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White House Briefing with Baptists Clergy Leaders

Posted on March 9, 2012 | By Robby White

From One White House to the Other

A group of Baptist pastors and ministers from across the country were invited to the White House for a nonpartisan briefing concerning public-policy and justice issues. I received the invitation from Dr. Robert Parham, Executive Director of the Baptist Center for Ethics in Nashville,Tennessee. I was honored to be a part of this group of leaders from across Baptist life. The overall theme of the meeting was to explore avenues where the faith community intersects with government in promoting the common good.

This was a nonpartisan opportunity to hear the issues of our time from those who are informed and work with the issues up close and personal. We heard about issues regarding human trafficking, environment, finances, education, housing and immigration. The goal was to inform and engage faith communities in the task of promoting the common good. We were allowed to ask questions and make comments.

In hearing reports about the different issues and from the different agencies at the White House briefing was like being informed about the health and welfare of a loved one. You knew there were concerns but you didn’t know how serious the illness was. The challenges and issues presented were enough to raise my concern and pulse.

The issues facing us are far too important and complex to be explained in soundbites and solved by partisan politics. The faith community is needed— both our hands and our voices. We can offer hands of compassion and the sure call for justice. I am not suggesting we opt out of the political process, but we must learn to transcend partisan politics that divides the country and often our churches.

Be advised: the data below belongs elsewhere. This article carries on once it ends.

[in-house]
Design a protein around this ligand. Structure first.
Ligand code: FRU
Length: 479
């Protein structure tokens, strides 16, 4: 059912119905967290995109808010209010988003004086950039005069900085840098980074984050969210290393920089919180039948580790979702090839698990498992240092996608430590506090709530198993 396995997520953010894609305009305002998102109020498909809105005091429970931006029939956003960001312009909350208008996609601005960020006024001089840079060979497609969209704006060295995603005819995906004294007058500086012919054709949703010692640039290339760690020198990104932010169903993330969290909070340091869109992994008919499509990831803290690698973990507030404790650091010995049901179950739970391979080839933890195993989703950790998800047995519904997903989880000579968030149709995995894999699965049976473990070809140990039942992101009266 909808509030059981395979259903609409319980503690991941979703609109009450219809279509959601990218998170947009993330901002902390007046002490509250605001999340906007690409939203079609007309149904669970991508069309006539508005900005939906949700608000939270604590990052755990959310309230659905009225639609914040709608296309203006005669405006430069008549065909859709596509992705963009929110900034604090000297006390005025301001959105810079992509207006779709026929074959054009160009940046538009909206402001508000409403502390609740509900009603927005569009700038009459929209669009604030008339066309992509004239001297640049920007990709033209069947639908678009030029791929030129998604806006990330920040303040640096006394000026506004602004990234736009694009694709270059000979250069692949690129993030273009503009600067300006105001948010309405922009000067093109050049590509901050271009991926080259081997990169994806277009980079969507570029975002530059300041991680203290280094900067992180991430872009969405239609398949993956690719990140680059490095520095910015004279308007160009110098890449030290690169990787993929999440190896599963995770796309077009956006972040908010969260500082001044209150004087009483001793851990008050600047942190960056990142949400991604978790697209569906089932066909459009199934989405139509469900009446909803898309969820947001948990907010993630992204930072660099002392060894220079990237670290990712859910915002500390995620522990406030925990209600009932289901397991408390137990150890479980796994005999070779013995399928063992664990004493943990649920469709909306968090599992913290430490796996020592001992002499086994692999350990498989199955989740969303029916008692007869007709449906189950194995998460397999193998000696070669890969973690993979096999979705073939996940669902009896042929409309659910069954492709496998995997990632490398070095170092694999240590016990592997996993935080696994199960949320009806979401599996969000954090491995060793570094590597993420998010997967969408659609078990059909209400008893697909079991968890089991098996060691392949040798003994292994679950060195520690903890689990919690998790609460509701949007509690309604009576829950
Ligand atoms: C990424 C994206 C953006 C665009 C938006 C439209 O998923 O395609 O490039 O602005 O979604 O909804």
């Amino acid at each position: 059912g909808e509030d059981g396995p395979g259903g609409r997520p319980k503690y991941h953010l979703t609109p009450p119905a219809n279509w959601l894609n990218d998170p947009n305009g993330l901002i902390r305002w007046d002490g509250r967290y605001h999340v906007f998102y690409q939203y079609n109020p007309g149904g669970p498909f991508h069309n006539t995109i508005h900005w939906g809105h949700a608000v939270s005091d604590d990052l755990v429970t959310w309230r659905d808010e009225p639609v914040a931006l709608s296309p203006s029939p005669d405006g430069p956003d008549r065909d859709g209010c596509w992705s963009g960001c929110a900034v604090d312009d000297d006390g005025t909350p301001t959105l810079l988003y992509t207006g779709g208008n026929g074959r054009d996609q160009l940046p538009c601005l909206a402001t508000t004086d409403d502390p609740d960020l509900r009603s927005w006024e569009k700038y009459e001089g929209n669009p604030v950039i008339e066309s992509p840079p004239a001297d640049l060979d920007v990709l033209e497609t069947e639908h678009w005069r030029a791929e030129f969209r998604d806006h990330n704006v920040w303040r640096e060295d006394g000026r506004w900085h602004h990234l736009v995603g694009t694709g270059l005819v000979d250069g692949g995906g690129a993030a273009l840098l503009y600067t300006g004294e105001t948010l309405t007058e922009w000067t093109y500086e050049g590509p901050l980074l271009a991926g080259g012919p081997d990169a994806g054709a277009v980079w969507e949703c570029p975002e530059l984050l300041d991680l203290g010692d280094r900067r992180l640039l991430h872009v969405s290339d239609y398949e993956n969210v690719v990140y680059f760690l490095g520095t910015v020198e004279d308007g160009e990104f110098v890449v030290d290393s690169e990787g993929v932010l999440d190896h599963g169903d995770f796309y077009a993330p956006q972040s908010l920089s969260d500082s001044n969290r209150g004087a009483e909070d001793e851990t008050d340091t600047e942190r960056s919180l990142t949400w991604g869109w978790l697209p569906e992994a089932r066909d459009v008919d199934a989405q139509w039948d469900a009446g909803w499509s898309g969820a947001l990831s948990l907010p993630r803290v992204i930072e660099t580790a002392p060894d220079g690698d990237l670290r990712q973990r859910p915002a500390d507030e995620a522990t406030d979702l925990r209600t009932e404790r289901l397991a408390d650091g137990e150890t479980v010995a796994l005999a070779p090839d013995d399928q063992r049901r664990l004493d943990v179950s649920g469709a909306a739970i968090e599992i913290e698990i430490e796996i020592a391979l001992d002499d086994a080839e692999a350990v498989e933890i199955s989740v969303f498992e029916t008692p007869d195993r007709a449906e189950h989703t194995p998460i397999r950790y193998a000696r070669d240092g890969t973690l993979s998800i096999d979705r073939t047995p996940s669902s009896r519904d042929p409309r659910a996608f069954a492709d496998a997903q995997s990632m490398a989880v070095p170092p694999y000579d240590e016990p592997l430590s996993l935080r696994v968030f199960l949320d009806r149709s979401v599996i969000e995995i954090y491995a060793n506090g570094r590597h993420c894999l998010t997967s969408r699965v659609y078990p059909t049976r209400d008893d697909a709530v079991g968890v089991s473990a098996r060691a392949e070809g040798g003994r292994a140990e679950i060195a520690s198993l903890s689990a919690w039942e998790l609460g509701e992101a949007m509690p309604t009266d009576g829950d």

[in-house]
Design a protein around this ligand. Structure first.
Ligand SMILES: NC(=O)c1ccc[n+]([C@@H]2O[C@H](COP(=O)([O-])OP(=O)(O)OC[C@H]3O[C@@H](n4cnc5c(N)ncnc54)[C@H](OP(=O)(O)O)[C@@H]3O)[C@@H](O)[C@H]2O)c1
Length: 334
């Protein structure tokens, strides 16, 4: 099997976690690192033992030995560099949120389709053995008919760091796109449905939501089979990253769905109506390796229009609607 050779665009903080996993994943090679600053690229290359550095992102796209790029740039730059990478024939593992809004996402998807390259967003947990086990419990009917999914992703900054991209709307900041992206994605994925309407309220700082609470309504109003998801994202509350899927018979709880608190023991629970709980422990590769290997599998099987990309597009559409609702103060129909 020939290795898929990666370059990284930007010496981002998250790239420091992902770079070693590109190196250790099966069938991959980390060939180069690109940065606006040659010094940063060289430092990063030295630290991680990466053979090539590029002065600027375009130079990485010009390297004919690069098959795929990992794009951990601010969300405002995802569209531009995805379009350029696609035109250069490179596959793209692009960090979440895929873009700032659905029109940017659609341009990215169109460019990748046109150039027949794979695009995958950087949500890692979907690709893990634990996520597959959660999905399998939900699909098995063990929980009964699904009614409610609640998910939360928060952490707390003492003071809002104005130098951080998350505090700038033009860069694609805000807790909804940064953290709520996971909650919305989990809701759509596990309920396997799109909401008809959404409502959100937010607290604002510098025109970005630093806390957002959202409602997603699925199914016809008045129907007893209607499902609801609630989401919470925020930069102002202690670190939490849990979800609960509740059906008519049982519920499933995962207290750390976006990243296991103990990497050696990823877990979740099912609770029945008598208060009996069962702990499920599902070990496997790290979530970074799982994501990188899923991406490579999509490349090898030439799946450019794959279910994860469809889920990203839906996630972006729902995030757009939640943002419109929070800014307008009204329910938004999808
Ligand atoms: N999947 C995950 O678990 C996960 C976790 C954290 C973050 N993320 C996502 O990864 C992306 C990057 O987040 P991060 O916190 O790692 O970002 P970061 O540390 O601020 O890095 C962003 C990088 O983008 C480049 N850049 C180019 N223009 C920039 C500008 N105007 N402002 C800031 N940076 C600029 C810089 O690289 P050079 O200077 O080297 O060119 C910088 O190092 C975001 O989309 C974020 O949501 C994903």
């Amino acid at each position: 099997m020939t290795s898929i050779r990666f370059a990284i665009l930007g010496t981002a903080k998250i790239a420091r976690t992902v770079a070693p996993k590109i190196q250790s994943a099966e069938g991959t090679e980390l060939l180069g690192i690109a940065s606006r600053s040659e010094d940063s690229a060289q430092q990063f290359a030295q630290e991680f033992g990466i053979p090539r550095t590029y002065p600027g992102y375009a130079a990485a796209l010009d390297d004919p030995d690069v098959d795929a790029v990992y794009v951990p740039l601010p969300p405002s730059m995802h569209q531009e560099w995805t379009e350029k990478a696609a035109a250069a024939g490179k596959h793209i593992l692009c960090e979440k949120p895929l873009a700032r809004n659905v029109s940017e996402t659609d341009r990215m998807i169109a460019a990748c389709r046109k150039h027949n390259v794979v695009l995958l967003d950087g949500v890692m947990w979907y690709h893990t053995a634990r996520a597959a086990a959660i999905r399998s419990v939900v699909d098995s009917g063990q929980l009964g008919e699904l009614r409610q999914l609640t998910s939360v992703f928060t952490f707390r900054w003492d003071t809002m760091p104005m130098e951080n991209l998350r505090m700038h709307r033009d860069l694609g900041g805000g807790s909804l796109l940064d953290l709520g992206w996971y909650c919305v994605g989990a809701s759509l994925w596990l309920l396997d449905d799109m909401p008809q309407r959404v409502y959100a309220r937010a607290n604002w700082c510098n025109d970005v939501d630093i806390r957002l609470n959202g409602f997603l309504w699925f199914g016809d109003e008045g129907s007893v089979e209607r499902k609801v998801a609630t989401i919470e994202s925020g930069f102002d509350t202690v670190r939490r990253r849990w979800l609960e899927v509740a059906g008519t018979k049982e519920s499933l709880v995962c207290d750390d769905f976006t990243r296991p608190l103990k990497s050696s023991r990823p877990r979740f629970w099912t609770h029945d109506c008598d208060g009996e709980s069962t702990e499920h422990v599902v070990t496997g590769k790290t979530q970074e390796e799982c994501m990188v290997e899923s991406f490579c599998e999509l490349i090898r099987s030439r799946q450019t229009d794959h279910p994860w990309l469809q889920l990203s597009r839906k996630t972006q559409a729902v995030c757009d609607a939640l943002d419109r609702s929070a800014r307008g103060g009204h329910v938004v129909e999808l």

Having this information is in some ways troubling. There are no easy answers to the many complex issues that we face. It is a reminder, at least to me, that we Christians do have a responsibility to act compassionately and to speak courageously when it comes to matters of justice. Those are the two callings of any Christian. To be compassionate and to practice justice. Jesus summed it up by calling us to love God and love our neighbor.

Of course following the Christian call to compassion and justice is never as easy as it sounds. Finding a Christian position on any issue is not as obvious as some claim. It requires prayer, interpretation of scripture, thought and humility. Even then, there will still be differences.

Any voice that claims to speak from a faith perspective must guard against the tendency to be co-opted by the promise of political clout or power. This position will compromise the message of compassion and justice. We must learn to practice humility and respect when discussing the issues. Our Christian voice should not be used to advance a position of power but instead provide a witness of love. We must always remember that our ultimate concern and loyalty does not belong to any political party but to the kingdom Jesus came to declare. It is our task to advance the message and mission of that cause.

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